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GRAINS-Soybeans drop on China's currency fall; wheat, corn firm
August 12, 2015 / 9:59 AM / 2 years ago

GRAINS-Soybeans drop on China's currency fall; wheat, corn firm

* Soybeans fall on Chinese devaluation
    * Corn, wheat up as dollar weakens
    * Coming up: USDA world supply/demand report at 1600 GMT

 (Writes through after start of European trading, changes byline/dateline)
    By Michael Hogan and Naveen Thukral
    HAMBURG/SINGAPORE, Aug 12 (Reuters) - Chicago soybean futures fell on
Wednesday, pressured as China again allowed its currency to lose value, creating
worry Chinese soybean imports could be reduced.
    Corn and wheat firmed, giving up earlier losses, after China's effective
devaluation caused the dollar to weaken.
    Corn and wheat were also underpinned by bargain-buying ahead of the monthly
world supply and demand report from the U.S. Department of Agriculture (USDA)
due 1600 GMT on Wednesday.
    Chicago Board of Trade new crop November soybeans fell 0.6 percent to
$9.64-3/4 a bushel by 0949 GMT, having closed down over 2 percent on Tuesday.
    September corn rose 0.3 percent to $3.77-3/4 a bushel, after falling
about 3 percent on Tuesday. September wheat rose 0.3 percent to $5.09 a
    "Soybeans are under the most pressure today because of the Chinese currency
devaluation," said Frank Rijkers, agrifood economist at ABN AMRO Bank. "China is
the world's largest soybean importer and its devaluation will make its imports
more expensive." 
    "This could put downward pressure on China's soybean import volumes." 
    China again let the yuan fall on Wednesday after Tuesday's devaluation.
 But the dollar weakened on believe China's move could delay a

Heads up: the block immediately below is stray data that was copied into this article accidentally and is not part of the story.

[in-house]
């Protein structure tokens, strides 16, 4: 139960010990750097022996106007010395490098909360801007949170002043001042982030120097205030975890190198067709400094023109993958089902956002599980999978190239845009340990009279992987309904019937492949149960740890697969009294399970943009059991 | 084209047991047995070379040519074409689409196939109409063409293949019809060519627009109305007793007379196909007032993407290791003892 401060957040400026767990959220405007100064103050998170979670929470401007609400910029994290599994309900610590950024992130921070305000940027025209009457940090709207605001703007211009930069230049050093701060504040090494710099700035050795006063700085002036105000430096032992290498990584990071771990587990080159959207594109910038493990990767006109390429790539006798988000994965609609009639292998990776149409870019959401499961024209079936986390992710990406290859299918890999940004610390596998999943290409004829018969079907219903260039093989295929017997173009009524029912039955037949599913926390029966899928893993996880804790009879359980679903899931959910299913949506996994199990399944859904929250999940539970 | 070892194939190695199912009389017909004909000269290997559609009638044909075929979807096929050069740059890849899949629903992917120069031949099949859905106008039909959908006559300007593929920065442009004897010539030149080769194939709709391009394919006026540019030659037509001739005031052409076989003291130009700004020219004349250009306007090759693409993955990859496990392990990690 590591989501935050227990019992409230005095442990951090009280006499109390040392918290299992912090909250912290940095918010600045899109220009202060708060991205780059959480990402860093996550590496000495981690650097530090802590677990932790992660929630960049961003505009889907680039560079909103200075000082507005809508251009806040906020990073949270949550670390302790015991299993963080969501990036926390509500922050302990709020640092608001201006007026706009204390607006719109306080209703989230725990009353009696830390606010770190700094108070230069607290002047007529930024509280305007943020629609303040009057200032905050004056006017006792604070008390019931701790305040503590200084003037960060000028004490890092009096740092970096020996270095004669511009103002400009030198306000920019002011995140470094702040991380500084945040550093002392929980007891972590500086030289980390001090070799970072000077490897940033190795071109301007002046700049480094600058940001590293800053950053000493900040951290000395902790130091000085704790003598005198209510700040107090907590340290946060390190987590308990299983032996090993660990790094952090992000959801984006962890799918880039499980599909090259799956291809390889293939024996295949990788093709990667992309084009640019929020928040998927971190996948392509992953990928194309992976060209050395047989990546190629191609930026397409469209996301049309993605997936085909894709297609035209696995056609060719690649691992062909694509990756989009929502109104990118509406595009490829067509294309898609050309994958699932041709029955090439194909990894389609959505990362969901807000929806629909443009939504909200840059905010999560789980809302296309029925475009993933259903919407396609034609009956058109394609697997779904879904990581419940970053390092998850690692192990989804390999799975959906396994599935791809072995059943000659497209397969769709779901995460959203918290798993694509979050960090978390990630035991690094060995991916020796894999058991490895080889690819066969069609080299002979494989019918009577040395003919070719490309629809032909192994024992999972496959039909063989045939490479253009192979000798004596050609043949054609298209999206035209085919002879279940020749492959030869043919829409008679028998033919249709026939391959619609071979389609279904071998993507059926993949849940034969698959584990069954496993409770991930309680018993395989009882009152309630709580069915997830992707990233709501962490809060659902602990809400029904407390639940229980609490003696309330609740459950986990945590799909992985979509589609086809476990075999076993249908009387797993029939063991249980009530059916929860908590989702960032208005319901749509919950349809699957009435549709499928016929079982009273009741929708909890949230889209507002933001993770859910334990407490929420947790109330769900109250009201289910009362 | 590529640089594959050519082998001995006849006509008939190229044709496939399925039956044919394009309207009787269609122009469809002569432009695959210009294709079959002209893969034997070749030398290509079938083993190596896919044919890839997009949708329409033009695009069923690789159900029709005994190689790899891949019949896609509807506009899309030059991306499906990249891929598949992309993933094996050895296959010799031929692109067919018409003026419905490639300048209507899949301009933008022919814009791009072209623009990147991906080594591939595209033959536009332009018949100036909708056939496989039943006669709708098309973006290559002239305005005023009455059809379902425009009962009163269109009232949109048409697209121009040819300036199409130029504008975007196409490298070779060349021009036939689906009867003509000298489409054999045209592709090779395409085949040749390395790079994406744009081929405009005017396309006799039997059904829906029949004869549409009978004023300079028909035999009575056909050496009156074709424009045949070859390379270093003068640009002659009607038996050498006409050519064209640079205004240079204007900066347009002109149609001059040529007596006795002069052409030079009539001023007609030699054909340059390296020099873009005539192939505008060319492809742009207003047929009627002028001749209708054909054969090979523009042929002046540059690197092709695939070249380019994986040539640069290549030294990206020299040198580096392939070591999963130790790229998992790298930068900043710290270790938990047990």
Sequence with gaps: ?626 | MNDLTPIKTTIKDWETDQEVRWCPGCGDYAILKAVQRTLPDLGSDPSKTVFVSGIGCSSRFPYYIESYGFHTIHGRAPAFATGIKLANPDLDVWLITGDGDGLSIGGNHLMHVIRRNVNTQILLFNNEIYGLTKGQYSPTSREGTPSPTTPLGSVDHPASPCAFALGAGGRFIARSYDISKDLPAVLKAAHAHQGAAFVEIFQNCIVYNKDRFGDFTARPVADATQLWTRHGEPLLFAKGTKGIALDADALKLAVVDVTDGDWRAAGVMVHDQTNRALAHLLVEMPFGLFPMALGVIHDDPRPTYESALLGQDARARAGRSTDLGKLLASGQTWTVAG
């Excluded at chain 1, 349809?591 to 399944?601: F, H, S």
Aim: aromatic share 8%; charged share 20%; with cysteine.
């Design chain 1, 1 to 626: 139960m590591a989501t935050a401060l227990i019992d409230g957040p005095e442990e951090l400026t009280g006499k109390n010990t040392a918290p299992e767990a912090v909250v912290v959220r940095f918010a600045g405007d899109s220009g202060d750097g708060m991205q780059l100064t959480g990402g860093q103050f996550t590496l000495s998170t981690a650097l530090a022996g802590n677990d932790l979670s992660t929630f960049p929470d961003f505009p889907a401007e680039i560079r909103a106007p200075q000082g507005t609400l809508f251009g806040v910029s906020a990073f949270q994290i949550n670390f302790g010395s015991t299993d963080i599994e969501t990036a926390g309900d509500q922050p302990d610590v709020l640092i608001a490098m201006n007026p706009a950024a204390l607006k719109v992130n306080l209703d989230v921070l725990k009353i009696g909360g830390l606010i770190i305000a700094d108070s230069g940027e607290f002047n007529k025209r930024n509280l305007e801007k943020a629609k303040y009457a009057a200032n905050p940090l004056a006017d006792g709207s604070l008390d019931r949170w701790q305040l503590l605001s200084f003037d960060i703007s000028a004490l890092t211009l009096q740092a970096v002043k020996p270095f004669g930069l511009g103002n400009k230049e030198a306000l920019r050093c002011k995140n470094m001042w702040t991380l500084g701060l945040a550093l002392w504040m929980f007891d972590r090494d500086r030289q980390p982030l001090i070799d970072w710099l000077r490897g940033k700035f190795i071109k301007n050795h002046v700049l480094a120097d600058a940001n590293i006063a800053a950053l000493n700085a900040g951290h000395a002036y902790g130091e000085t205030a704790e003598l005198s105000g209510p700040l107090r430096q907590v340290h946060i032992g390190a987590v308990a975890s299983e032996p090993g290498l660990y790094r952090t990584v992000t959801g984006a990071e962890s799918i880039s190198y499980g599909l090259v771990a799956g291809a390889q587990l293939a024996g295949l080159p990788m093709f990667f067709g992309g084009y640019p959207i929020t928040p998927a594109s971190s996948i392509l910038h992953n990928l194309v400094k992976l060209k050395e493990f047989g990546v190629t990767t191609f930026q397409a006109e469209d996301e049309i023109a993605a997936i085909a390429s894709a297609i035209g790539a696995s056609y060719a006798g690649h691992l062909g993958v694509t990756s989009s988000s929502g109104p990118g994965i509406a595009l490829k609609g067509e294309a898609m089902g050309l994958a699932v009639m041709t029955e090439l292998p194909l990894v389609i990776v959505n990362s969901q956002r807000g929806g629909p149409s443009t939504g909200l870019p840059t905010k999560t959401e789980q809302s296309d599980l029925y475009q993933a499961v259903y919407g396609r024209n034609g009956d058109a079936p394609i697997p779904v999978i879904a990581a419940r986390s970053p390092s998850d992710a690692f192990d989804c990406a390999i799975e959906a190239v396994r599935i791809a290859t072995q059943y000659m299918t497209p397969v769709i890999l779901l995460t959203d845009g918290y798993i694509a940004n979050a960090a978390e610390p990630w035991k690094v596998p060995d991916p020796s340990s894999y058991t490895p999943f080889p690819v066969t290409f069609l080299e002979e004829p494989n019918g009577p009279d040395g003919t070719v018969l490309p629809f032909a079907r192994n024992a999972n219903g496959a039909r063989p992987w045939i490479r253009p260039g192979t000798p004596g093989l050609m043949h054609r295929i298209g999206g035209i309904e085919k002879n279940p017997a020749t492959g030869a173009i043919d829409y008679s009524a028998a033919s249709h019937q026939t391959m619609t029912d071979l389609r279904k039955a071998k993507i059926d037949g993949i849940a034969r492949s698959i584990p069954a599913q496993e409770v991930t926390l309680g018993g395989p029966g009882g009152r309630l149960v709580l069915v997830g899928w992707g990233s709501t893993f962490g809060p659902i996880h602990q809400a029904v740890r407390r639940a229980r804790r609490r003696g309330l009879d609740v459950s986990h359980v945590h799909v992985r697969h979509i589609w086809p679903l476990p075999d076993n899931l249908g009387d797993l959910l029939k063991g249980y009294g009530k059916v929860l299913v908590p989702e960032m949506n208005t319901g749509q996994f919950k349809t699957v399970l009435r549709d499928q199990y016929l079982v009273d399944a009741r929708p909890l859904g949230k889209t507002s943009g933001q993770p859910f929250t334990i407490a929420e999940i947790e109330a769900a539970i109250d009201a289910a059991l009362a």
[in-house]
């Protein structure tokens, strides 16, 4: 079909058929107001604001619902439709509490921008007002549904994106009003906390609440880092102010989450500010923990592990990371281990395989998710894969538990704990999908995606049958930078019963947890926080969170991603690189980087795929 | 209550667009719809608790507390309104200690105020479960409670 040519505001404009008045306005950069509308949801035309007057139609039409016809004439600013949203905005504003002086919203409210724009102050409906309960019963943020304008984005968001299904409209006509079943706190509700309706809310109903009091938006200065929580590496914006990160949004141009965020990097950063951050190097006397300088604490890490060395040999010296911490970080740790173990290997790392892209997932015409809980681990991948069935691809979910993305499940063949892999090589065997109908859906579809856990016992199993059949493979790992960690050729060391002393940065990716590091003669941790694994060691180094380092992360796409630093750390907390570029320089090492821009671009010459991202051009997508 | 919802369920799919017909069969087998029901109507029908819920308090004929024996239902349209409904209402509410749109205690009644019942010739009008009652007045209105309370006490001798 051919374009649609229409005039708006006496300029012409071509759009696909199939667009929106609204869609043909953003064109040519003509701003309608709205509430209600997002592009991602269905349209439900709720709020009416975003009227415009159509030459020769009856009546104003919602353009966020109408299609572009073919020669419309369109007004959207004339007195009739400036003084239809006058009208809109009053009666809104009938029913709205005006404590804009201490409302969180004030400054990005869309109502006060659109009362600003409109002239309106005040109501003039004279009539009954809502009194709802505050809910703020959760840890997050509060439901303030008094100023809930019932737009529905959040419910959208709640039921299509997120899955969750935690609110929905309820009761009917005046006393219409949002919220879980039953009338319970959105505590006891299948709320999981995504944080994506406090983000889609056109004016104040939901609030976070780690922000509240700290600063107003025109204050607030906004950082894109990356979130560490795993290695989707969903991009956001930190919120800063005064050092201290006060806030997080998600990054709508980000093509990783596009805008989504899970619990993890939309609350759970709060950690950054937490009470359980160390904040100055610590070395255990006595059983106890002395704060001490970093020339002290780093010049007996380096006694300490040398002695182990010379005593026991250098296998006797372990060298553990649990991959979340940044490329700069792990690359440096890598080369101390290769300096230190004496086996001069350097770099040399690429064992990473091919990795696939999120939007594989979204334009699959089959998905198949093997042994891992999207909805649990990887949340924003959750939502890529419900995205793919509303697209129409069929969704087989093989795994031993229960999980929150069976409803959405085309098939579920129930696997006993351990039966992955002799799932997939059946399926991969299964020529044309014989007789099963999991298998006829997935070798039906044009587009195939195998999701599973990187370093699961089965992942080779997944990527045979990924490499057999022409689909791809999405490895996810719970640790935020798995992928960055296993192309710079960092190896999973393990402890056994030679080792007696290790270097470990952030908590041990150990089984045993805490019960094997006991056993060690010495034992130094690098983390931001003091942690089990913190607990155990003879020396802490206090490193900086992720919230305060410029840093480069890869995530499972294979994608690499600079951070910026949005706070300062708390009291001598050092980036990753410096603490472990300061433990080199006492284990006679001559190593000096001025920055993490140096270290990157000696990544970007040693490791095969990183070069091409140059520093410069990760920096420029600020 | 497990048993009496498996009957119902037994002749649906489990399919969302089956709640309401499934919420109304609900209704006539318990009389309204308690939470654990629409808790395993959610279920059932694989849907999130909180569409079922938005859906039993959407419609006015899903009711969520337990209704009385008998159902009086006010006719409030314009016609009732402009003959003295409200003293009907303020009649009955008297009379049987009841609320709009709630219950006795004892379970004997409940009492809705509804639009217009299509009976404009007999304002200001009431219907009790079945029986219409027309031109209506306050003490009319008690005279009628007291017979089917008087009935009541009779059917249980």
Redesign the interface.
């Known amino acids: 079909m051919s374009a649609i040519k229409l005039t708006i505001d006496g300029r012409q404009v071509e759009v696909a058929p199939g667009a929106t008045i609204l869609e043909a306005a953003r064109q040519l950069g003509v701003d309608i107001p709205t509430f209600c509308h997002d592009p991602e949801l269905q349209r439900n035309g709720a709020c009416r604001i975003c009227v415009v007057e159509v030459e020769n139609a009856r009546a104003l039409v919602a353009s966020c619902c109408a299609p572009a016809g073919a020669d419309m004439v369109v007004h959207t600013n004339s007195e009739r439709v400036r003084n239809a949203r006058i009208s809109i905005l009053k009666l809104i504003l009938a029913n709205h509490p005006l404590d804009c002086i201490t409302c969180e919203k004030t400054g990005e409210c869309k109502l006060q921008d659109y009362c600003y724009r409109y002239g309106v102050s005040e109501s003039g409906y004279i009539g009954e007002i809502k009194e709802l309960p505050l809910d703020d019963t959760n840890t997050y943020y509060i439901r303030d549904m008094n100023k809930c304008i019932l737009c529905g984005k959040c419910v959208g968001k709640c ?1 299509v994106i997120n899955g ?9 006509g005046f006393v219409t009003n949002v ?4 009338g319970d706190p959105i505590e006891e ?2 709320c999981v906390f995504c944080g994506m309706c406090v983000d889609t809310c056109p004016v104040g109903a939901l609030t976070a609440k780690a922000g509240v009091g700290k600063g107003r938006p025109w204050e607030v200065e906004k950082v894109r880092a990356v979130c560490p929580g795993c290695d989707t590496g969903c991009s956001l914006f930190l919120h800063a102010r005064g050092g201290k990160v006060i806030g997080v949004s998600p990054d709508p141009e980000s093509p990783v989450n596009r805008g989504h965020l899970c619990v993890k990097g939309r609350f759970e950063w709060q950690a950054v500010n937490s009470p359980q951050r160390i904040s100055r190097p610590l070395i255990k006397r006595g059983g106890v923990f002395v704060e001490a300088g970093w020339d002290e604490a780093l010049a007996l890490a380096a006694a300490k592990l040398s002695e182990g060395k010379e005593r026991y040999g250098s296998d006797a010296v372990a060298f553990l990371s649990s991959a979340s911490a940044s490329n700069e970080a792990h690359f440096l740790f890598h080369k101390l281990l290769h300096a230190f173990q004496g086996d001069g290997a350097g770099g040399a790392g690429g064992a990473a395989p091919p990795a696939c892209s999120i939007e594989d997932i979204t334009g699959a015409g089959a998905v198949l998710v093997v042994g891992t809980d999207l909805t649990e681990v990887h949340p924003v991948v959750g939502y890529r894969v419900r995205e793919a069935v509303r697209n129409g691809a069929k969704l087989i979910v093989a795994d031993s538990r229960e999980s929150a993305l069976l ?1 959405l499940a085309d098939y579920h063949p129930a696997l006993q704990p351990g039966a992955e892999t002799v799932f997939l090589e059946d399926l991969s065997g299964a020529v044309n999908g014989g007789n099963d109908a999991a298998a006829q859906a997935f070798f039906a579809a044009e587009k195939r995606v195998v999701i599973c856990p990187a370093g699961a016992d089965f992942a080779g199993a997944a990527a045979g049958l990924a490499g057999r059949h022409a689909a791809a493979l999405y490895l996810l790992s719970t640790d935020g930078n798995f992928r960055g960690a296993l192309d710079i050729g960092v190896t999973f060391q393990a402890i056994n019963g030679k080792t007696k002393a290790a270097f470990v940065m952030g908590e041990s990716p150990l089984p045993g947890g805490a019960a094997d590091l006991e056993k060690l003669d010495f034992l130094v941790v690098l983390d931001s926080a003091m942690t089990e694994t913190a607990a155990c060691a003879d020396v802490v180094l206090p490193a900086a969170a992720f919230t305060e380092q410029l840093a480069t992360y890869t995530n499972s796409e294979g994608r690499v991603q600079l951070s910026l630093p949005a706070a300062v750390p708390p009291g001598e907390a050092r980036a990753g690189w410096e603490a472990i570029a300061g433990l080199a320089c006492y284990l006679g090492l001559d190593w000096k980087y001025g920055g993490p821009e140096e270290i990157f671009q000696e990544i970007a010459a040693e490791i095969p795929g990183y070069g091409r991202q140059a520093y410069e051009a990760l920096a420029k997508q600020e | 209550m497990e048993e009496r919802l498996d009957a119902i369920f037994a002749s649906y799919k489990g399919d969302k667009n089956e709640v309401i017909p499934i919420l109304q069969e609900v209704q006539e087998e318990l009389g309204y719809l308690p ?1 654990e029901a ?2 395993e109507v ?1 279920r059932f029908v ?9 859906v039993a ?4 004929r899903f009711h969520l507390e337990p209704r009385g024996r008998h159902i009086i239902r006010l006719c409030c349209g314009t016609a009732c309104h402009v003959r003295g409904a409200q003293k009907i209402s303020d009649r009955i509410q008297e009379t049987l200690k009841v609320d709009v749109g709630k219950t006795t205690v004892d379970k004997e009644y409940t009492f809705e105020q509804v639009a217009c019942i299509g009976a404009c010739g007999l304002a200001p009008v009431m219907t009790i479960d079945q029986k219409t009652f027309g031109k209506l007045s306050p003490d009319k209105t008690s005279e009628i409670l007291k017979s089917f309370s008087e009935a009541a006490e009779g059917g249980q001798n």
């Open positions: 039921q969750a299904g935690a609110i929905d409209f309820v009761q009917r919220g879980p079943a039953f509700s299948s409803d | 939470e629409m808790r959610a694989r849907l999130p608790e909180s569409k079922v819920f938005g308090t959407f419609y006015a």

U.S. rate rise. 
    "Wheat and corn are firmer, moving in and out of positive territory, with
support coming from the weaker U.S. dollar in the fallout following the Chinese
devaluation," Rijkers said.
    "The weaker dollar, especially against the euro, will improve U.S. wheat
export prospects." 
    "There is some bargain buying of wheat and corn today ahead of the USDA
report, but the Chinese news has overshadowed the USDA."
    China imported a record 9.5 million tonnes of soybeans in July, up 17.4
percent from 8.09 million tonnes in June. 
    The USDA will announce its latest U.S. and global crop production estimates
on Wednesday. Heavy flooding during the spring in southern and eastern growing
areas of the United States will prompt the U.S. Department of Agriculture to
trim its estimates of both soybean yields and acreage, analysts
    Grains prices at  0947 GMT                    
  Contract        Last    Change  Pct chg  Two-day chg MA 30   RSI 
  CBOT wheat     507.75     0.50  +0.10%    -3.38%     536.21   44
  CBOT corn      388.25     0.75  +0.19%    -3.18%     410.45   46
  CBOT soy       964.25    -7.25  -0.75%    -3.04%     983.28   51
  CBOT rice      $11.79    $0.00  +0.00%    -0.59%     $11.17   73
  WTI crude      $43.42    $0.34  +0.79%    -3.43%     $49.22   28
  Euro/dlr       $1.1131
 Most active contracts                    
 Wheat, corn and soy US cents/bushel. Rice: USD per hundredweight               
 RSI 14, exponential                    

 (Reporting by Michael Hogan and Naveen Thukral, editing by William Hardy)

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